Unit Skycraft Concept Drops FMX Weight To Just 165 lbs — AIMExpo 2013

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The trickest bike at AIMExpo? Not the 2014 EBR 1190RX or 2014 Suzuki V-Strom 1000, it’s this all-carbon freestyle motocross bike from fashion brand Unit. Weighing in at just 165 lbs, the Unit Skycraft concept aims to utterly reinvent the sport.

Until now, FMX athletes have been saddled with bikes designed to win supercross races, not perform backflips, supermans and all the other in-air tricks the sport is famous for. Up there, in the sky, you don’t need crazy power or fancy clutches or big fuel tanks, you need a light, maneuverable, manageable bike. It’s those traits the Skycraft seeks to maximize.


Unit Skycraft gas tank and front suspension.

“We felt that weight reduction represented the best characteristic to provide riders in their quest for bigger tricks as well as helping them innovate new maneuvers,” said Unit co-founder Ian Everest at AIMExpo.

In pursuit of weight reduction, nearly the entire bike has been fabricated from carbon fiber. And, if it’s not carbon, it’s titanium. A reduced parts count also helps. The fuel — around 1/3 the capacity of a regular motocross bike and only enough for 20 minutes of operation — is stored in the monocoque frame. The all-carbon swingarm doubles as the exhaust silencer. The seat/tail is an incredibly dainty, one-piece carbon affair which integrates the grab handles necessary for FMX stunts.


Unit Skycraft rear swingarm.

Unit is an Australian brand which uses surf, FMX and similar action sports athletes to promote its t-shirts and skinny jeans. Its success in that world is what enabled Everest to concept Skycraft, who then commissioned FMX specialist Triple Eight to produce the bike. Right now, it’s a one-off concept, but Unit plans to build several of the KTM two-stroke-powered bikes and campaign them internationally.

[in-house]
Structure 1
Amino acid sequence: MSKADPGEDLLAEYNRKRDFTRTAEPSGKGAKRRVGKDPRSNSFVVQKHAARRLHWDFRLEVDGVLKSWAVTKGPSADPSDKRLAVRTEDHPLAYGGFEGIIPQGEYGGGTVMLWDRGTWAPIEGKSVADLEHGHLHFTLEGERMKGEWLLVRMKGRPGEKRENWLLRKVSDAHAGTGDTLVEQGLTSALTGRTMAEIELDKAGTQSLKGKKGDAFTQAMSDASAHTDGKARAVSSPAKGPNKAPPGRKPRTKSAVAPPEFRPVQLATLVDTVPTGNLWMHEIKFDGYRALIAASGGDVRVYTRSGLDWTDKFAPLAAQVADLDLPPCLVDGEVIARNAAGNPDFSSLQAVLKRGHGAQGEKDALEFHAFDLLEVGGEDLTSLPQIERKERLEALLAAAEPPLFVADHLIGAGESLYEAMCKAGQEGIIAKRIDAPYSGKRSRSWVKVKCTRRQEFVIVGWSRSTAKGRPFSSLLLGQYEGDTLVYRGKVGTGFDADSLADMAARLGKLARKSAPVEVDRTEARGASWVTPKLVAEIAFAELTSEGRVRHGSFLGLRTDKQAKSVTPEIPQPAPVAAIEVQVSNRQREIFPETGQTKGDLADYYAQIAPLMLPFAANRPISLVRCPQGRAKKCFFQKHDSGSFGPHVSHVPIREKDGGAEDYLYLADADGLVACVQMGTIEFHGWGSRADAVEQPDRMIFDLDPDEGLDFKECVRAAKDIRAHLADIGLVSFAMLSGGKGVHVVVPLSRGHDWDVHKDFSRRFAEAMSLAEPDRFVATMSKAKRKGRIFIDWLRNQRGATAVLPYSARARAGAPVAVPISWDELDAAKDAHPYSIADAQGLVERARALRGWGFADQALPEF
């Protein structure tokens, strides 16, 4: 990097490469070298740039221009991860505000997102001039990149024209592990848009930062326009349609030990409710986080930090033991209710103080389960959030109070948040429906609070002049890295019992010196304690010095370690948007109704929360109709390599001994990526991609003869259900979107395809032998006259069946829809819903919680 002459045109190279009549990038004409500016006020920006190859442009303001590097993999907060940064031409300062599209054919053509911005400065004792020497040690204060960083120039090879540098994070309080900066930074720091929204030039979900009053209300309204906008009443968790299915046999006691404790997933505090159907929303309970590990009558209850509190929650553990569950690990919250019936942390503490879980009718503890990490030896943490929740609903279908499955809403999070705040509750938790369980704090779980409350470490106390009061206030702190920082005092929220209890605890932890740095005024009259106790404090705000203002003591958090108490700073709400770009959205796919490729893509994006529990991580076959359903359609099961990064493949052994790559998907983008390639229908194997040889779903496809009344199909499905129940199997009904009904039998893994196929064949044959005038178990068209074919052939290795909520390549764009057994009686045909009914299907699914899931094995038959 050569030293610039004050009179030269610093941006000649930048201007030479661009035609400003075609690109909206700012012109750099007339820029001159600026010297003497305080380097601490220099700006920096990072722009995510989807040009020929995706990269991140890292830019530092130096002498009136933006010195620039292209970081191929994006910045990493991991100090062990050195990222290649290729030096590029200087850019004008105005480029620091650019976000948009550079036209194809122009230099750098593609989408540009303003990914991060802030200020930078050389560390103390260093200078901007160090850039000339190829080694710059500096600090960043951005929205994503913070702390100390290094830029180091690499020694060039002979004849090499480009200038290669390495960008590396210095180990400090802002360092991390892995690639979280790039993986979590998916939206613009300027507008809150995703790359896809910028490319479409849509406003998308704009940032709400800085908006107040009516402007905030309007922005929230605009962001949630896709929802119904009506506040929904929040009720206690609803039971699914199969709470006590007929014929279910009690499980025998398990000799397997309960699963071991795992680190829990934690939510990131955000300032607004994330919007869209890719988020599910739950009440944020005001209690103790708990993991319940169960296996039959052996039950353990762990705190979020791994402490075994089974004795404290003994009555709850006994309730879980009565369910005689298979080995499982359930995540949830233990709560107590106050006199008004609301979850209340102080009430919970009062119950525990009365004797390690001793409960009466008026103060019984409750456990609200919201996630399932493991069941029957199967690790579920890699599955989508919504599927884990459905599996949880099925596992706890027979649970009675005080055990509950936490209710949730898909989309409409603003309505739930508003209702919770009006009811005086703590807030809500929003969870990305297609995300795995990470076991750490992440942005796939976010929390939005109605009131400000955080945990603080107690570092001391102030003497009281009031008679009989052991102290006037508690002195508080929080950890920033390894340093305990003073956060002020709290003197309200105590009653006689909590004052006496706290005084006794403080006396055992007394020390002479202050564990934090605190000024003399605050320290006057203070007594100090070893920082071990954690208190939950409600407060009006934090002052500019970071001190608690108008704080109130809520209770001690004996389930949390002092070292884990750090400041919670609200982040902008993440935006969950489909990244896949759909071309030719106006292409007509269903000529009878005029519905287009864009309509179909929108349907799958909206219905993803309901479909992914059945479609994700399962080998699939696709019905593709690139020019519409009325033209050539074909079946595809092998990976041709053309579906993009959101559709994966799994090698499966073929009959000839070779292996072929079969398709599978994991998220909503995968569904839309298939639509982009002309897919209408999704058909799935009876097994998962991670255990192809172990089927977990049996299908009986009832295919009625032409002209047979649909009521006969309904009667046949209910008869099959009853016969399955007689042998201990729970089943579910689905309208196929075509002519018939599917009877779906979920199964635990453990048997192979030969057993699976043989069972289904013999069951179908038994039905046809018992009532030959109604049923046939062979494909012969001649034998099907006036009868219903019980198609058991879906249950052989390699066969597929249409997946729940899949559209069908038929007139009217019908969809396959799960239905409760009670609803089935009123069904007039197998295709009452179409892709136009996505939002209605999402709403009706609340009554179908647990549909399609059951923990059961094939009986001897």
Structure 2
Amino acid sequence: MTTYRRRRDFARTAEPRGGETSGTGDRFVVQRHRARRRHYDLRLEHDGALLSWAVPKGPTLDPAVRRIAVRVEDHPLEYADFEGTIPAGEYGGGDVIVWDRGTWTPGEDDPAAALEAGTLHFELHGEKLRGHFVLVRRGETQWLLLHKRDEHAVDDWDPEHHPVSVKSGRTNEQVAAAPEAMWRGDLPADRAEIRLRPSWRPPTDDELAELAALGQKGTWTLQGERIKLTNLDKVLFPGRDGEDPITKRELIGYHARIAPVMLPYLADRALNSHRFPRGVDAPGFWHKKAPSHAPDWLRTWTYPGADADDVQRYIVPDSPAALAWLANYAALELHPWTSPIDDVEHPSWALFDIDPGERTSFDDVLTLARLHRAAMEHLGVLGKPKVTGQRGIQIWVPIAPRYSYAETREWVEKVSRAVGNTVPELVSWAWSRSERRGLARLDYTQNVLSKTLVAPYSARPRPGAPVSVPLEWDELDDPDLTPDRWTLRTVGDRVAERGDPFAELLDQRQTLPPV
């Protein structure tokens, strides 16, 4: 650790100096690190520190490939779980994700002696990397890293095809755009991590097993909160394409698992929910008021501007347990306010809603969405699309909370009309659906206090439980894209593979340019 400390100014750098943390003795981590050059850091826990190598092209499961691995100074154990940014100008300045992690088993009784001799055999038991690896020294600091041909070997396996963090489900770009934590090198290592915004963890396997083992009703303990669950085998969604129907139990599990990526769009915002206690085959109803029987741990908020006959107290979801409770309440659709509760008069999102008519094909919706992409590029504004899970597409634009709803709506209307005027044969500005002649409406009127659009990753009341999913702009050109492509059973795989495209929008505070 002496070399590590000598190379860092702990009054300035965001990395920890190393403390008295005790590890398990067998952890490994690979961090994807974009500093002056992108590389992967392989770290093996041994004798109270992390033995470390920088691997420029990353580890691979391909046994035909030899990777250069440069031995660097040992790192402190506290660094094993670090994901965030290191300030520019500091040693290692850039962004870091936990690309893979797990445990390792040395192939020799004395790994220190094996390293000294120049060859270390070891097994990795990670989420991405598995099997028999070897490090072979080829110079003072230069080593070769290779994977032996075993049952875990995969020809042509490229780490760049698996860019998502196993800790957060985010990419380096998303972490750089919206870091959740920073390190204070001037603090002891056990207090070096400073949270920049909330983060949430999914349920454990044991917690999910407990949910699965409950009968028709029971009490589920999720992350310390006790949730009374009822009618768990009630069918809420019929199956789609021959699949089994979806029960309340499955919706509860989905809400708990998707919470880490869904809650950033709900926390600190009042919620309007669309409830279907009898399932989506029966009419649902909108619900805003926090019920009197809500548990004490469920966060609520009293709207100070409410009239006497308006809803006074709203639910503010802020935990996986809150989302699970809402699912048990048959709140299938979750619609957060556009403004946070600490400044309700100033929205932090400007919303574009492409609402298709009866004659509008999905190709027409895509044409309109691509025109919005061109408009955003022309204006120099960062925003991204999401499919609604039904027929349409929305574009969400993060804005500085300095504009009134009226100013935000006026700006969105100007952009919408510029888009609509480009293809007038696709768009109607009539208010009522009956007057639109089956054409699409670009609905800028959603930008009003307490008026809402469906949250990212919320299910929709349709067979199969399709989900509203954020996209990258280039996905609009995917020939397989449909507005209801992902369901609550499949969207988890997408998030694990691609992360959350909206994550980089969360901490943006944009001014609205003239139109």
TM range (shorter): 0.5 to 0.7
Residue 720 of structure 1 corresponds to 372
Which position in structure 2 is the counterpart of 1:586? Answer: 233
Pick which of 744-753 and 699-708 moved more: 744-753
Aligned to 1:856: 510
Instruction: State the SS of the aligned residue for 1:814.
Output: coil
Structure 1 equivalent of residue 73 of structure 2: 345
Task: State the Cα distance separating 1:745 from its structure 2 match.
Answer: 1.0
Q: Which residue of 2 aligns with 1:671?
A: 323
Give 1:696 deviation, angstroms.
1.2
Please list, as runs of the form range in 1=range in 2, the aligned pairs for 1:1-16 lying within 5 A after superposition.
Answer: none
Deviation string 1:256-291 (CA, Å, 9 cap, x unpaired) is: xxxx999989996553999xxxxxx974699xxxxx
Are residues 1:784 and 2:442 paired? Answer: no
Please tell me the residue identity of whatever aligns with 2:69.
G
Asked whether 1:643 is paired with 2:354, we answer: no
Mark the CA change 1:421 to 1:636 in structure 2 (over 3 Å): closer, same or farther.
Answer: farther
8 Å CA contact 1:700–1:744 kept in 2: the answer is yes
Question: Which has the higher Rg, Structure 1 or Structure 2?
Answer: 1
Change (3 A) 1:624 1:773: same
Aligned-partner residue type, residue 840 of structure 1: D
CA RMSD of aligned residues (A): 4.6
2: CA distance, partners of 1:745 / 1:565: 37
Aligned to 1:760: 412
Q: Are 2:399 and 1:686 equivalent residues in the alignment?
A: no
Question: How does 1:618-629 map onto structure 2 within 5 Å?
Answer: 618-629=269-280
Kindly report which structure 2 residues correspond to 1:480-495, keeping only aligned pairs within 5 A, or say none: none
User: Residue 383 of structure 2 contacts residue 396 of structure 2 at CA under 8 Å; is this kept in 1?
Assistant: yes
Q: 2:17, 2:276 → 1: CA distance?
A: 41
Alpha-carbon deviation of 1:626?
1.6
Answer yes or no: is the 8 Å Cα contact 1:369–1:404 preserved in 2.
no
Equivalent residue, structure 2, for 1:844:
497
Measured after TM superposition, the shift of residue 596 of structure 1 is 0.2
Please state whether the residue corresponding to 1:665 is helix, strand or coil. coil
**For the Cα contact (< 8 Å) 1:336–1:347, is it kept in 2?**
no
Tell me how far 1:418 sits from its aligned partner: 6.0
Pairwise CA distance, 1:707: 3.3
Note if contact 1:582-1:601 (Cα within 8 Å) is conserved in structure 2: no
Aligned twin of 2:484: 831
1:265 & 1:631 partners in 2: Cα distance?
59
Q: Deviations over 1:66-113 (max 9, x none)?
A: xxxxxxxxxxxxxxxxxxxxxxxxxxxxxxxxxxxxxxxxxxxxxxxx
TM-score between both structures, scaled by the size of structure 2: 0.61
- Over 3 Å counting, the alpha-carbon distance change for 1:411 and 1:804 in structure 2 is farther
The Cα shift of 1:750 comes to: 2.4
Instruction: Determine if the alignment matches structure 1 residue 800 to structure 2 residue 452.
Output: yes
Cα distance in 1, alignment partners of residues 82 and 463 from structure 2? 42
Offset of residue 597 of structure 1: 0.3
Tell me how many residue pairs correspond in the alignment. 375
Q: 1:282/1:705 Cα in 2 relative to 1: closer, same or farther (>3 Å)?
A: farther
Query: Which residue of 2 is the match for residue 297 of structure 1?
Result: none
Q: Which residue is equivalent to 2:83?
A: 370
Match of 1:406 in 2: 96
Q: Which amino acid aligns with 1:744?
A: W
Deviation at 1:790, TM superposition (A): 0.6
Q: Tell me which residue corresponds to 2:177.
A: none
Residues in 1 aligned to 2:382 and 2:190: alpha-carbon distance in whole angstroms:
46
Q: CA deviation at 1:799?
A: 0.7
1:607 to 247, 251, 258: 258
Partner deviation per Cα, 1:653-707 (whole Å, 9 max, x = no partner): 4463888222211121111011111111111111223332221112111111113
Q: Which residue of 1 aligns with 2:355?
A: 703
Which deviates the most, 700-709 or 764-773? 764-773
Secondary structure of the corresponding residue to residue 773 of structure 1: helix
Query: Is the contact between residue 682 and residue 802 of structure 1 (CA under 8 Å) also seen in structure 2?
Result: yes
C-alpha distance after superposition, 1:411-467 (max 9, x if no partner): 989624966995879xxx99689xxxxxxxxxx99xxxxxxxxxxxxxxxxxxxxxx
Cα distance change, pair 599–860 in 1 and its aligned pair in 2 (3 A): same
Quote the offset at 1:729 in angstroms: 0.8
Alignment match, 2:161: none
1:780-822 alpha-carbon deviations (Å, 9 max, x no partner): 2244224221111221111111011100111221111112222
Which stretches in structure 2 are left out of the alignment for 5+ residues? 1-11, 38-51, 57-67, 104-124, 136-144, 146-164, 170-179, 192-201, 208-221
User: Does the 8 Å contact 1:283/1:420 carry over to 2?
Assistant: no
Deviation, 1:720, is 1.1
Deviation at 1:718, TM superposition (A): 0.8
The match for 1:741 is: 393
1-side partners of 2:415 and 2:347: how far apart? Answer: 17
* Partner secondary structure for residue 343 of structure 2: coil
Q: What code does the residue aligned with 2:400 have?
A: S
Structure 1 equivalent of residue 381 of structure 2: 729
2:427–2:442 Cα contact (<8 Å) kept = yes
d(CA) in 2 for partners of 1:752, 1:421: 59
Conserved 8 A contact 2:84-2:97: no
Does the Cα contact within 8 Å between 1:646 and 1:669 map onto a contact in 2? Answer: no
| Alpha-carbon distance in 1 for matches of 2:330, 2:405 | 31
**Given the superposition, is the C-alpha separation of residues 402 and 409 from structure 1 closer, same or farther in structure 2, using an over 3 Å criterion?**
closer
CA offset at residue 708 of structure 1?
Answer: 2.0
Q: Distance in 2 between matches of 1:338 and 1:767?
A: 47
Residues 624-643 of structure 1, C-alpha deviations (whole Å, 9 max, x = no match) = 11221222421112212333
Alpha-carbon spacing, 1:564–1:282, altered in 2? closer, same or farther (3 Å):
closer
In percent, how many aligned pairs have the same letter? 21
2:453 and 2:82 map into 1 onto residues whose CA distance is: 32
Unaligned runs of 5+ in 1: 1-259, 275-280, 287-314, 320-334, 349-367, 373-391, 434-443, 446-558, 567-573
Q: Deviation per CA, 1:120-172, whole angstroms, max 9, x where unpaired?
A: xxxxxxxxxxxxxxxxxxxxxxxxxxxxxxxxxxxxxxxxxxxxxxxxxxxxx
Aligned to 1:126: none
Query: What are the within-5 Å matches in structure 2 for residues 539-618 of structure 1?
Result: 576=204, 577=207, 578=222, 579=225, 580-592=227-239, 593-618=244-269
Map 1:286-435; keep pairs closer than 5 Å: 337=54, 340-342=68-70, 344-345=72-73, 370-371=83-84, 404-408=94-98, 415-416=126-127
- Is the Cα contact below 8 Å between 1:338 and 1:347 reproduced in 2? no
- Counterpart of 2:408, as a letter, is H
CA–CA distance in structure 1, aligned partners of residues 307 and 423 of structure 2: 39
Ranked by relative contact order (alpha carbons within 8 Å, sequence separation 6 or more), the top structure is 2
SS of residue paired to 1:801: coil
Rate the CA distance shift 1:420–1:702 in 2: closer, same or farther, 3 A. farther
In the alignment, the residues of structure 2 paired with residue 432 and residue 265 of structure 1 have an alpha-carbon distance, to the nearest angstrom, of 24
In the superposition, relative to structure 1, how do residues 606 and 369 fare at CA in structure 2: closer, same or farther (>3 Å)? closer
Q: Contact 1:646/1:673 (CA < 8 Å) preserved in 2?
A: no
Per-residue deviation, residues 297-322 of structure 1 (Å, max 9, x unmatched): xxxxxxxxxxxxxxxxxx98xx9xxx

Rather than pursue commercialization of Skycraft, Everest simply hopes that it will elevate FMX to new levels. The hope is that the drastically light bike will facilitate the innovation of new tricks or maybe even an entirely new style of riding. Everest was frank — he hopes a major manufacturer may one day emulate his work on a production machine, he simply wants to lead the way.

FMX Highlights Video

  • Brian

    DROOOL!!…that is just sexy fun. Put some Supermoto wheels/tires on and take it to the go-kart track too for some more fun.

    • Brian

      although, from a curiousity of engineering “how they did it” P.O.V. , I want to know how they connect that exhaust to the motor with it being a pivoting assembly and all.

      • Mark D
        • http://RideApart.com/ Wes Siler

          Yup. Just in Ti.

      • Corey Cook

        Its funny and not surprising at all that Erik Buell actually filed a patent for this years ago. I would have to guess that it’s part of HD’s “intellectual property” now though…

    • http://www.racetrackstyle.com/ Racetrack Style

      Supermoto seems to be a good spot for this bike (w. a bigger tank)

  • John

    I was just thinking in this the other day. Carbon fiber has become much less expensive and much faster to create, now getting close to the cost of fabricating aluminum, I believe, so it could be a huge deal for motorcycle weight reduction, product wide. Why even have a subframe, if you can make the whole rear cowling into the subframe?

    • Justin McClintock

      No, creating structural carbon fiber parts is still many times more expensive than doing the same from aluminum.

  • Matt C

    Likely to be the next big innovation for motorcycles, awesome!

  • Justin McClintock

    While I admire their effort, I have some doubts. For one, FMX riders crash….a LOT. Carbon fiber doesn’t handle shock loads particularly well. And fixing a cracked carbon fiber frame…..well, it’d be easier and cheaper to just buy a new one.